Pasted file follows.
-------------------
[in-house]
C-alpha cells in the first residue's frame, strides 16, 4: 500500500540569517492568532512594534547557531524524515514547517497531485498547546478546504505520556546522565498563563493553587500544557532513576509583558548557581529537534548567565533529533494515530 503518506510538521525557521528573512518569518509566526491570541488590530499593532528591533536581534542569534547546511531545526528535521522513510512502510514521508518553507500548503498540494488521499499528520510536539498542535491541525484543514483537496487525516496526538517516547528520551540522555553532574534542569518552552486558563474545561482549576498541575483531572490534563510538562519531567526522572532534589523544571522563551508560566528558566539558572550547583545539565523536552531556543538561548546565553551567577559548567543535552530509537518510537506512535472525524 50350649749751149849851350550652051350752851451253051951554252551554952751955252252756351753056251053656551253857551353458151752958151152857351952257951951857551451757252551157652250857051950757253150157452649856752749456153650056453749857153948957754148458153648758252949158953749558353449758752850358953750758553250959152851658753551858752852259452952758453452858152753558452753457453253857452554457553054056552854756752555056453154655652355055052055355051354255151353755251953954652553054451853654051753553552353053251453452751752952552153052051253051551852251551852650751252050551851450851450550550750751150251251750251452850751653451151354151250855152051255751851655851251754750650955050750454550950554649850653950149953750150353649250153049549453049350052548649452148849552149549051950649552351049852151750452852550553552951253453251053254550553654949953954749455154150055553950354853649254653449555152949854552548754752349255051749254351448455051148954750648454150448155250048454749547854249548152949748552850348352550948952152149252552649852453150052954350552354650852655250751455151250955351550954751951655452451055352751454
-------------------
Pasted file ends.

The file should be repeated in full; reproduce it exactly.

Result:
[in-house]
C-alpha cells in the first residue's frame, strides 16, 4: 500500500540569517492568532512594534547557531524524515514547517497531485498547546478546504505520556546522565498563563493553587500544557532513576509583558548557581529537534548567565533529533494515530 503518506510538521525557521528573512518569518509566526491570541488590530499593532528591533536581534542569534547546511531545526528535521522513510512502510514521508518553507500548503498540494488521499499528520510536539498542535491541525484543514483537496487525516496526538517516547528520551540522555553532574534542569518552552486558563474545561482549576498541575483531572490534563510538562519531567526522572532534589523544571522563551508560566528558566539558572550547583545539565523536552531556543538561548546565553551567577559548567543535552530509537518510537506512535472525524 50350649749751149849851350550652051350752851451253051951554252551554952751955252252756351753056251053656551253857551353458151752958151152857351952257951951857551451757252551157652250857051950757253150157452649856752749456153650056453749857153948957754148458153648758252949158953749558353449758752850358953750758553250959152851658753551858752852259452952758453452858152753558452753457453253857452554457553054056552854756752555056453154655652355055052055355051354255151353755251953954652553054451853654051753553552353053251453452751752952552153052051253051551852251551852650751252050551851450851450550550750751150251251750251452850751653451151354151250855152051255751851655851251754750650955050750454550950554649850653950149953750150353649250153049549453049350052548649452148849552149549051950649552351049852151750452852550553552951253453251053254550553654949953954749455154150055553950354853649254653449555152949854552548754752349255051749254351448455051148954750648454150448155250048454749547854249548152949748552850348352550948952152149252552649852453150052954350552354650852655250751455151250955351550954751951655452451055352751454